My mom loved summer because it afforded her opportunities to do things she normally didn’t have time for such as putting photos in albums, deep cleaning the refrigerator, polishing cabinets, and a host of other things. How did she manage to do that with little ones underfoot? At that point, I was in my teens, and she scheduled me to take the five younger ones on a walk right after breakfast and then to play with them outside. That gave her an hour to do things on her list, and an hour a day netted her a mostly-completed list by the end of summer (I think sometimes her lists exceeded her time!). If you don’t have a child old enough to watch the others, consider having them spend that time in a safe environment like their room with special toys or books.

Schedule Some School

Even if you’re one of those who would prefer summer to be kept without school, consider how scheduling 1-2 hours a day could help you. For us, if we did some school, it kept our skills current in weak or hard subjects, instead of trying to jump back in with cold feet in the fall. It also allowed us to have a more relaxed schedule in the school year itself and even time off for a family vacation in September when places weren’t crowded. School each day kept us occupied in the hotter parts of the day, when being outside playing wasn’t much of an option.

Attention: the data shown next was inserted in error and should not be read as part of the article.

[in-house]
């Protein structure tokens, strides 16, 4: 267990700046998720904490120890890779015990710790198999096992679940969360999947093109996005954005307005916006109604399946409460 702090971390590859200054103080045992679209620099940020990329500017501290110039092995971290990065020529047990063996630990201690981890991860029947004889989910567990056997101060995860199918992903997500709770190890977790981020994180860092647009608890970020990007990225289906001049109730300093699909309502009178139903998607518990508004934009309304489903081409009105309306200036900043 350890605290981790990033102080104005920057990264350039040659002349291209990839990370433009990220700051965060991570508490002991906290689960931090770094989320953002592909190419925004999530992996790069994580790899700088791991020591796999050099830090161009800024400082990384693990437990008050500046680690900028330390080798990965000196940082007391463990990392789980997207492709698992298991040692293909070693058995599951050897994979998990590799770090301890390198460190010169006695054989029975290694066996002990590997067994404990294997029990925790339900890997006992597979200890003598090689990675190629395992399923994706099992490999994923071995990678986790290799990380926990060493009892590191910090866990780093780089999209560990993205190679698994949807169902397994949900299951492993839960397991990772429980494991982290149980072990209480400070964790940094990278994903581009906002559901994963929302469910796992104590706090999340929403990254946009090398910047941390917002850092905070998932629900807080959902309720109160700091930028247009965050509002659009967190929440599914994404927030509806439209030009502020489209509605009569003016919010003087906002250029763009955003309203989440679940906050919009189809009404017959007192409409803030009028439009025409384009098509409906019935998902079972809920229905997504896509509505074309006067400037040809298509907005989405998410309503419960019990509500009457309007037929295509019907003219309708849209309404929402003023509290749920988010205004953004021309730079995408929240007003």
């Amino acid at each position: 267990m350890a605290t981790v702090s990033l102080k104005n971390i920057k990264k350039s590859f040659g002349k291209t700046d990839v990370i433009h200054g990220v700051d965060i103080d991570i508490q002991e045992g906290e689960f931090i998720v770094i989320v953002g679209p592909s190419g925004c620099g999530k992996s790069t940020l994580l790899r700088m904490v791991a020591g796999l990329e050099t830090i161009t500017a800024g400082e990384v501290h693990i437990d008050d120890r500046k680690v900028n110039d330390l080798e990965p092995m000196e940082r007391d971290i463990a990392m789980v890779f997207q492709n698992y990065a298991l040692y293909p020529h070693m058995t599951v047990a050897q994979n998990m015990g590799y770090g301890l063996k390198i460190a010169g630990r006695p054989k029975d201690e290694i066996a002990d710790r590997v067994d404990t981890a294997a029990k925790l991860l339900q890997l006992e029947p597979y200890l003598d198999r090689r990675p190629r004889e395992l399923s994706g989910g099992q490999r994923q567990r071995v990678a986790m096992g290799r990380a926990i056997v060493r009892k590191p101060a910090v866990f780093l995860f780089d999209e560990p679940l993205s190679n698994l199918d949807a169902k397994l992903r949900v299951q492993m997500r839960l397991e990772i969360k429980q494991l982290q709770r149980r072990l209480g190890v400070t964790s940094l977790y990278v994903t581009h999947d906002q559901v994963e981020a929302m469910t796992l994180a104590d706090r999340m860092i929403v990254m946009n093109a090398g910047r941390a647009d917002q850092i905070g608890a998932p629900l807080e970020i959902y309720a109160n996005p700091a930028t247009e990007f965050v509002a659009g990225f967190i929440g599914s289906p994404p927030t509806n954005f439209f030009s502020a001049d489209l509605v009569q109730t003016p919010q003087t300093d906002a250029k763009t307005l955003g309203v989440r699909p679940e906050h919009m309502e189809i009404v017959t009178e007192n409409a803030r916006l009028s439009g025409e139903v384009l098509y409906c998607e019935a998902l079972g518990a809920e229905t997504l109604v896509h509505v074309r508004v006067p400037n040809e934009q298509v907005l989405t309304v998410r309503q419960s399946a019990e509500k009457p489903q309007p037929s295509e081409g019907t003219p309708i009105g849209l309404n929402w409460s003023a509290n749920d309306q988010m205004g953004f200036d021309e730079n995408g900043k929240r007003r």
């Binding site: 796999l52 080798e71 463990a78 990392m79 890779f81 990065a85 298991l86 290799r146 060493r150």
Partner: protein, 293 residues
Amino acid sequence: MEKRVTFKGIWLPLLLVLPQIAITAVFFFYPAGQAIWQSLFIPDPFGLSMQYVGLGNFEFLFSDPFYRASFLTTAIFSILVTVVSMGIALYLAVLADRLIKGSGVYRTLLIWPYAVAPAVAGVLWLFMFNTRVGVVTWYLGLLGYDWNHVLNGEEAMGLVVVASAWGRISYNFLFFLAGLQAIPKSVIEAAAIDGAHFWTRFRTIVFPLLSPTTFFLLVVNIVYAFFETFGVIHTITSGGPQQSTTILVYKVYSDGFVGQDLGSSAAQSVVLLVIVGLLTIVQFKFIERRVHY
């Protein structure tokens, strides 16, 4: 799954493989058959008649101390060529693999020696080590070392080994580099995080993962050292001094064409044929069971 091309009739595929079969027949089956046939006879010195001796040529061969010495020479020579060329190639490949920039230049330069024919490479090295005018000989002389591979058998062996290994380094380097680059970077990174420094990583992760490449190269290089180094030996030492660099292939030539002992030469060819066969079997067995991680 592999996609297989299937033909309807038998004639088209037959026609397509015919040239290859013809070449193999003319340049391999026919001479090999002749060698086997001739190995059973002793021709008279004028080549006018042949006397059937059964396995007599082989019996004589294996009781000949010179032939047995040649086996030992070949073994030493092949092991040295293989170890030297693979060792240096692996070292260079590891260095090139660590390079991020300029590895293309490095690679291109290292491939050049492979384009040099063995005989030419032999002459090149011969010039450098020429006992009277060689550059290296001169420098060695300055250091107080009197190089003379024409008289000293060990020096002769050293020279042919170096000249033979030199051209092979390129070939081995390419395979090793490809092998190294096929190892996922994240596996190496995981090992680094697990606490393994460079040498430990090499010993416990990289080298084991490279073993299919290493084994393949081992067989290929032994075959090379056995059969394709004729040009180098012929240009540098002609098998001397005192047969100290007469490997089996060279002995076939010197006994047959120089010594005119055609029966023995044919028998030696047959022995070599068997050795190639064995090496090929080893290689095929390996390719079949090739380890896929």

Spend Dedicated One on One Time with Your Children

What better use of your summer hours than to spend them with your children? Regardless of their age (toddler to teen!), plan a regular time at least once a week to spend one on one. Consider letting them pick what they want to do. Your little boys might want you to build a Lego fort, and you might find you’re better at it than you thought. Or, your little girl might love for you to play dolls. When was the last time you played dolls?! Perhaps your teenage girl would like to bake something or go shopping (in the evening when your husband is home and can watch the others). I heard my sister-in-law was doing one on one time with her girls this summer, and Friday night they were happily talking about what Mommy did with them that week.

Make It Great

Whether it’s a spontaneous trip to the zoo, a picnic at the park, hiking at a state park, an overnight camping trip when Dad’s home, or simply making sugar cookies and decorating them together, use summer as a time to make the best memories possible. Remember, your schedule is your tool. So use it when you can, and on those days when you go to the zoo or do some other outing, don’t worry, and have peace knowing you’ll get back on track the next day.